Temptations are all around us. If you're an adult in this country, you're expected to know which things are not good for you and you make personal decisions about those things, for which you will ultimately be accountable.
Not accountable to anyone else, per se, unless you believe in a religion, but what I mean is that the effects of your choices will eventually show up in your life, positive or negative.
Temptations tend to center around negative things that are fun in the moment. It can be fun to smoke weed, but if you do that all the time, you become less useful, exciting or interesting to other people. If you eat nothing but sugar and drink energy drinks all day, you might be able to handle it for a while, but eventually you could gain a lot of weight.
One that's less understood is listening to music too loudly. Each year, I try to write at least one column about the dangers of loud listening and irreversible hearing loss. Usually I focus on in-ear monitors as a modern culprit of hearing loss, as these tiny earbuds are stuck in the ear, creating a vacuum seal and applying gobs of unnecessary pressure on your eardrums.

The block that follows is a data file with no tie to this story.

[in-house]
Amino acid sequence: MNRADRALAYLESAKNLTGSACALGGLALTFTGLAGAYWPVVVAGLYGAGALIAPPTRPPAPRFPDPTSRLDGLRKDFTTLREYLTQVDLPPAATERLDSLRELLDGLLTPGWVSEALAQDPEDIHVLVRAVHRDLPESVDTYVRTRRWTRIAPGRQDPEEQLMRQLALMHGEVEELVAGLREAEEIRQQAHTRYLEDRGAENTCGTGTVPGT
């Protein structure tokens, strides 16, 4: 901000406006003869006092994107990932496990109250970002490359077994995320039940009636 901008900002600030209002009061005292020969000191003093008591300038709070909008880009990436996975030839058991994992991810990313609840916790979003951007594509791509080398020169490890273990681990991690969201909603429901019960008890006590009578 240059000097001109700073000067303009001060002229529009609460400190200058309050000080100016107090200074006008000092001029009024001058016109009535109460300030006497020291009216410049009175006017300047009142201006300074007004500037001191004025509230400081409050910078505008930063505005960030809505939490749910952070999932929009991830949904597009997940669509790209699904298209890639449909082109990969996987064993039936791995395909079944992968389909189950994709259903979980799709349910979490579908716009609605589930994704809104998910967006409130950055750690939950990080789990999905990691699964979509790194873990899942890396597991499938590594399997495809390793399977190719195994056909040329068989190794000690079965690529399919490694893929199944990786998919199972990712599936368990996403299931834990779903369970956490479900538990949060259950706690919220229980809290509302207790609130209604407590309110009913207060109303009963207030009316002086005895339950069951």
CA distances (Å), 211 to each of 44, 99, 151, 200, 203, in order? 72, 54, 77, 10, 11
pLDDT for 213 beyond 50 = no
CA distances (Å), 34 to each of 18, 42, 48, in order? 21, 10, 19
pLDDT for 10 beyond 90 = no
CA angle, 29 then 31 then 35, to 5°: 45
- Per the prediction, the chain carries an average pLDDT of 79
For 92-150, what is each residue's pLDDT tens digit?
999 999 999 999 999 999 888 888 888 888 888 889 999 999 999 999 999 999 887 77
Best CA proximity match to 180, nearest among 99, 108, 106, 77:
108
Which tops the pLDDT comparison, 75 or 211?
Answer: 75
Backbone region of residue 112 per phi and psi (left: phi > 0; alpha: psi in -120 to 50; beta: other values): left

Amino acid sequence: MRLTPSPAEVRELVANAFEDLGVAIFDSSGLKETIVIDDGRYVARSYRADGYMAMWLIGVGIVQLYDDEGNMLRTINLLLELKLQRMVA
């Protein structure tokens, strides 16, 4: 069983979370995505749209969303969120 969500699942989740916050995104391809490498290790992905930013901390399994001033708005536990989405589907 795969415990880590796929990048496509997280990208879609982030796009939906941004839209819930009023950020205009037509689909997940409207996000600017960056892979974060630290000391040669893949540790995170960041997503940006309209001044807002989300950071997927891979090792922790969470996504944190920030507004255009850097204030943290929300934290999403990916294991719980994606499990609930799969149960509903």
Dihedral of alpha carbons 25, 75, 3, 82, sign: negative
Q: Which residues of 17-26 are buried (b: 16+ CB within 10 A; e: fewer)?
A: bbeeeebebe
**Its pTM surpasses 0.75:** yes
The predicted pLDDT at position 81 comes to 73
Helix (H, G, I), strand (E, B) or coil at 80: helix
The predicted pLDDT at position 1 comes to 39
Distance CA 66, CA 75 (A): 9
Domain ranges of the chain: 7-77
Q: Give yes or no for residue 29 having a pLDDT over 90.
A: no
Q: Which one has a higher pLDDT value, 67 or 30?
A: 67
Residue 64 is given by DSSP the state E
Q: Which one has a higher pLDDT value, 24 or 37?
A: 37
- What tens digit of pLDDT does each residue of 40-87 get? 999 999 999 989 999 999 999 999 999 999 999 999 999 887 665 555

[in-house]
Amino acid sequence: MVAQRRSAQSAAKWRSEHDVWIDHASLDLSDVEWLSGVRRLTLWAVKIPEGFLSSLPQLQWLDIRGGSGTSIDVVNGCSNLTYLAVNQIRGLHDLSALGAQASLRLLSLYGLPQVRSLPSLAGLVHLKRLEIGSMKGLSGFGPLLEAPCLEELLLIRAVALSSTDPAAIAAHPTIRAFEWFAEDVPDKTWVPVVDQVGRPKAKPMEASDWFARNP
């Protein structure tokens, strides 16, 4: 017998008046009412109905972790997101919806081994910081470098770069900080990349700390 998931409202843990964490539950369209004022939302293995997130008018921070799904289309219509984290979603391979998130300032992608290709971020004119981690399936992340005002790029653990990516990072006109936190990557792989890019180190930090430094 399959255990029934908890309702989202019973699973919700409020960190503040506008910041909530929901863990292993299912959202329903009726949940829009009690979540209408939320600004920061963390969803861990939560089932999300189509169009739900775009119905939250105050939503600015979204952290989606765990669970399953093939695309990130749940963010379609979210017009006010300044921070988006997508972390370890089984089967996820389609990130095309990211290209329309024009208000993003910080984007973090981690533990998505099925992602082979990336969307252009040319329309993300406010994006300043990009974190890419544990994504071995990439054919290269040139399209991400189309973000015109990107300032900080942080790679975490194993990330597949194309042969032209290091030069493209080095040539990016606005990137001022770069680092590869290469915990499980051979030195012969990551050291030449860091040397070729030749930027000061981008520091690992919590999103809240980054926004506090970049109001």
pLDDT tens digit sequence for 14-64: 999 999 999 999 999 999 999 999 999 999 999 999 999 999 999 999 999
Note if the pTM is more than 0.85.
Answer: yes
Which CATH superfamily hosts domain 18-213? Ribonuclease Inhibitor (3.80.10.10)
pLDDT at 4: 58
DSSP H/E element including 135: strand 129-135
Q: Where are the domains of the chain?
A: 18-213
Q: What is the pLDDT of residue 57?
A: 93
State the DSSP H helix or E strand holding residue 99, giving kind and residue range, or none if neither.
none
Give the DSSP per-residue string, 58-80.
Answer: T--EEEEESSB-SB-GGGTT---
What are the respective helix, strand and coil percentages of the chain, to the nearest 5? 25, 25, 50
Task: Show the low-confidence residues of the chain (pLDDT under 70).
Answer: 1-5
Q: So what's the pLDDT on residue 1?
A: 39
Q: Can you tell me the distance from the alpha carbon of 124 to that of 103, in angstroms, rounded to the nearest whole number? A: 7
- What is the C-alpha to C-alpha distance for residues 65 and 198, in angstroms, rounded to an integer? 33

With this column, however, I want to dive a little deeper about how hearing loss happens. Last week, I recalled an audiophile friend who wears two hearing aids. It is uncanny how he can pick out subtle nuances in the music with his aids in the mix. But it is not strange how he got his hearing loss in the first place.
It's pretty common to see retired members of the military wearing hearing aids, because explosions, gunshots and — in my friend's case — ship-mounted cannons tend to be LOUD AF. Our armed forces have become extremely cautious about hearing loss in the decades since my friend served, but some danger still exists for servicemen and women.
If you think about a cannon blast, the first sound quality you might imagine would be bass — lots of it. But an explosion carries lots of frequencies, and it's the other, higher ones that are more immediately dangerous to our hearing system.
Most folks know the eardrum sits at the end of the canal and forms a barrier to the inside of your head. Directly behind it is a group of small bones which translate the vibrations in air to vibrations in the fluid in your inner ear.
The "cochlea," a term you might remember from school, is a snail-shaped thing full of goo and hairs. As you go down the spiraling tunnel in the cochlea, the hairs in each section correlate to specific sections of the sound spectrum we can hear.
Lesser known is the fact that there are two openings to the cochlea, where the sound vibrations go directly from the ear bones to reach the hairs without traveling down the tunnel. These two openings, and the groups of hairs directly exposed to them, explain why much hearing loss occurs at specific common frequencies. We'll learn how to avoid the most common damage as we wrap up this important topic next week.